Clarkdale and Arrandale NDA’s end

Core i3 well received, Core i5 not so much

TODAY INTEL’S NDA for its Clarkdale and Arrandale CPUs finally ended and the web got plastered in reviews. Most of the reviews take a closer look at the Clarkdale, although a handful of Arrendale reviews have also made it, all of them based on a single Asus notebook model. What is a bit irksome is the fact that Intel has pretty much only seeded the Core i5 661 processor to reviewers and this is of course the model with the much faster IGP than the other Core i5 and Core i3 processors that are being launched later this week.

We fully understand that Intel wants to show off its fastest and most impressive products, it would be mad not to, but it would also have been nice to see the rest of the range of new CPU’s tested. However, it appears that bit-tech got its hands on a Core i3 530, but sadly neglected to test the IGP. Anandtech on the other hand underclocked a Core i5 661 to simulate the performance of the Core i3 540 and 530, albeit with the GPU running much faster, although again the GPU wasn’t tested.

Of the half a dozen or so reviews that we’ve ploughed through it looks like most reviewers are impressed by the overall performance of the new Clarkdale CPUs, yet both bit-tech and Anandtech are seeing the Core i3 processors as the model to buy. Why? Well, for starters the most basic model, the Core i3 530 has an Intel list price of a mere $113 and the faster 540 model will only cost you another $20. To put this in perspective, the Core i5 660 and 661 have a list price of $196, that’s the same as the Core i5 750 which is a quad core CPU without integrated graphics.

The Core i3 processors are also outperforming similarly clocked Core 2 Duo processors by a fair margin in a wide range of tests. This is partly due to the fact that Intel added HyperThreading support, something that the older Core 2 processors lack. This dual core CPU even outperforms both Intel’s and AMD’s quad core processors in some test, although this seems to mostly be in GHz sensitive benchmarks and poorly threaded (or single threaded) applications. Still, at the asking price it’s hard to knock the Core i3’s, but the same can’t be said about the Core i5 661.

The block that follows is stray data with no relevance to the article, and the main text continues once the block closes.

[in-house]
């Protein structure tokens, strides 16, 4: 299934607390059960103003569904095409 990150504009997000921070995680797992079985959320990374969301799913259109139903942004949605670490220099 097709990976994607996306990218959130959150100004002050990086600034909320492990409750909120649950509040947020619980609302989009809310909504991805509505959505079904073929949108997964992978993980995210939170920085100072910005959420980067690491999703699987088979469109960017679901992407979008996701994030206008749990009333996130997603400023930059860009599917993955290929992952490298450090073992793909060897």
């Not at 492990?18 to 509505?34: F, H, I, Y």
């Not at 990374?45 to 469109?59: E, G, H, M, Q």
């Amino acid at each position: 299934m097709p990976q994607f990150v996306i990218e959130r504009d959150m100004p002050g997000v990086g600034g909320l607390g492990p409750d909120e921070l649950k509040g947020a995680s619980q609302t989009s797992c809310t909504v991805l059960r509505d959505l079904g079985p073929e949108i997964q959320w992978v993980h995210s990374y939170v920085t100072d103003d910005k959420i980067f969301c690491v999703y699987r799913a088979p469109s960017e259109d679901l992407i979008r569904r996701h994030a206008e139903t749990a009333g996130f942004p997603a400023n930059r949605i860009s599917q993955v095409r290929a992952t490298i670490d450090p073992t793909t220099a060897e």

Not only does the Core i5 661, along with the 660, cost way too much for what you get in terms of a performance advantage over the Core i3’s in most tests, but the fact that you can have a slower quad core for the same money that in general offers much better performance makes these processors look very unattractive. Overclockers might like the fact that you can easily hit 4.5GHz+ on air without the least bit of problem and Anandtech even managed to get their CPU up to a crazy 6.2GHz with the help of a cascade cooler.

However, there are some other underlying problems such as terrible memory latency and the fact that the IGP is too tightly integrated with the chipset so it doesn’t switch off entirely when you add a graphics card into the mix. Intel’s new graphics drivers might have a new fancy UI that makes it easier to set things up and the support for dual HDCP encrypted interfaces, such as HDMI and DisplayPort is great. Intel has also added support for bitsreaming of Dolby TureHD and DTS HD-MA over HDMI which should appeal to home cinema buffs that are interested in building an HTPC around one of the new Clarkdale CPUs.

But this doesn’t get away from the fact that the actual 3D performance is still abysmal and TechPowerUp has several pages of 3D benchmarks that’ll give you an idea of how poorly this new IGP performs. That’s when the DirectX 10 IGP actually works as intended, as some games end up looking very “retro” due to the poor capabilities of the new IGP. Anandtech has an amusing screenshot from Dragon Age Origins which makes it look like a five year old game. Now we didn’t expect great things here, but Intel really should have outsourced its IGPs to a third party a long time ago, as it’s obviously not very good at making GPUs and working drivers to go with them.

Intel has also added a range of new instructions to the Clarkdale processors called AES-NI – short for Advanced Encryption Standard New Instructions – which will help boost the performance of encryption specific tasks such as Windows 7’s Bitlocker. There’s a real performance improvement to be had here compared to processors that don’t offer AES-NI, but how much of a selling point this will be is questionable. We could see this appealing to corporate users, especially as the Arrandale mobile processors also support it.

The mobile Arrandale processor is a different kettle of fish, but we’re not going to into that right now. Suffice it to say that Intel has managed to produce a faster platform that gives you about the same if not slightly worse battery life than the previous generation of Core 2 mobile CPUs. Performance isn’t everything in the mobile market space, but Intel seems to have forgotten that most of us actually want longer battery life rather than more performance out of our notebooks.

Overall we haven’t seen anything unexpected from today’s reviews and to sum things up it seems like the Core i3’s are set to become a popular option for HTPC systems and of course for anyone who doesn’t require graphics solution that can play recent 3D games. Intel’s new IGP doesn’t impress much outside of its new video features, but then again, no-one expected it to. The more expensive Core i5 6xx models don’t really seem to be worth the extra cost and the Turbo feature is of limited use due to the fact that these are dual core CPUs. All in all the new Core i5’s are just too expensive for what you get and that’s a problem Intel is going to have to solve if it expects to sell any large quantities of these new chips.S|A

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